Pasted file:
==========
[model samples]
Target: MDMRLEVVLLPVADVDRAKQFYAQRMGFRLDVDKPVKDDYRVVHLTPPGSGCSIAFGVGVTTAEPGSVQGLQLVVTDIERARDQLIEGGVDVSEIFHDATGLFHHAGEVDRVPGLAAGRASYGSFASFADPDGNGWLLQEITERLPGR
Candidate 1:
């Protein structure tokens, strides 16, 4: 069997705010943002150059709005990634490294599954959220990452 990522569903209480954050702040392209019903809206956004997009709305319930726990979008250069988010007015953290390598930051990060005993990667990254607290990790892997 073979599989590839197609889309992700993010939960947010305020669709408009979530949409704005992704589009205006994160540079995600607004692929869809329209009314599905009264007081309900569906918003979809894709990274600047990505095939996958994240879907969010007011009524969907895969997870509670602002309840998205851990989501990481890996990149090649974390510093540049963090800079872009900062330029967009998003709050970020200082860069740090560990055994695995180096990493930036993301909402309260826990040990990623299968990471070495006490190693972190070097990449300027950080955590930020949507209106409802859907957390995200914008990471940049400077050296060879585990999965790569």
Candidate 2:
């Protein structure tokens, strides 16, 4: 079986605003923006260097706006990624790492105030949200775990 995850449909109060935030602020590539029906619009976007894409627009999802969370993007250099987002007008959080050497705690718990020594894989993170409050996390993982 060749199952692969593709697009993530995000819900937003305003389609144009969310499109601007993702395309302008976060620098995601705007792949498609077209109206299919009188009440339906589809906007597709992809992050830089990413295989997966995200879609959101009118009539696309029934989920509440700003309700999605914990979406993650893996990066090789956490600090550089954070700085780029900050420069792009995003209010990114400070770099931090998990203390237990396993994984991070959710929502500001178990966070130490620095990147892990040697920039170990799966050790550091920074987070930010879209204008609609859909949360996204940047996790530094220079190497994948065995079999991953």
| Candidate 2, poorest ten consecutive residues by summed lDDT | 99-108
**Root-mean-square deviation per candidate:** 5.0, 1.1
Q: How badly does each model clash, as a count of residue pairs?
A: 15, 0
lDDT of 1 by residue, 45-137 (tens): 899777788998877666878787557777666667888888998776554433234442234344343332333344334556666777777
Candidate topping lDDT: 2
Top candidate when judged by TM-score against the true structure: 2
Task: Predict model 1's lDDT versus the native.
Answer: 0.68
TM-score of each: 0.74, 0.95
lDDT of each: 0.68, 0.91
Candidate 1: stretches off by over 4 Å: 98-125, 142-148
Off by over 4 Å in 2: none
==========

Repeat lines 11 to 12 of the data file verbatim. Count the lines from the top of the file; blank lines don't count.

lDDT of 1 by residue, 45-137 (tens): 899777788998877666878787557777666667888888998776554433234442234344343332333344334556666777777
Candidate topping lDDT: 2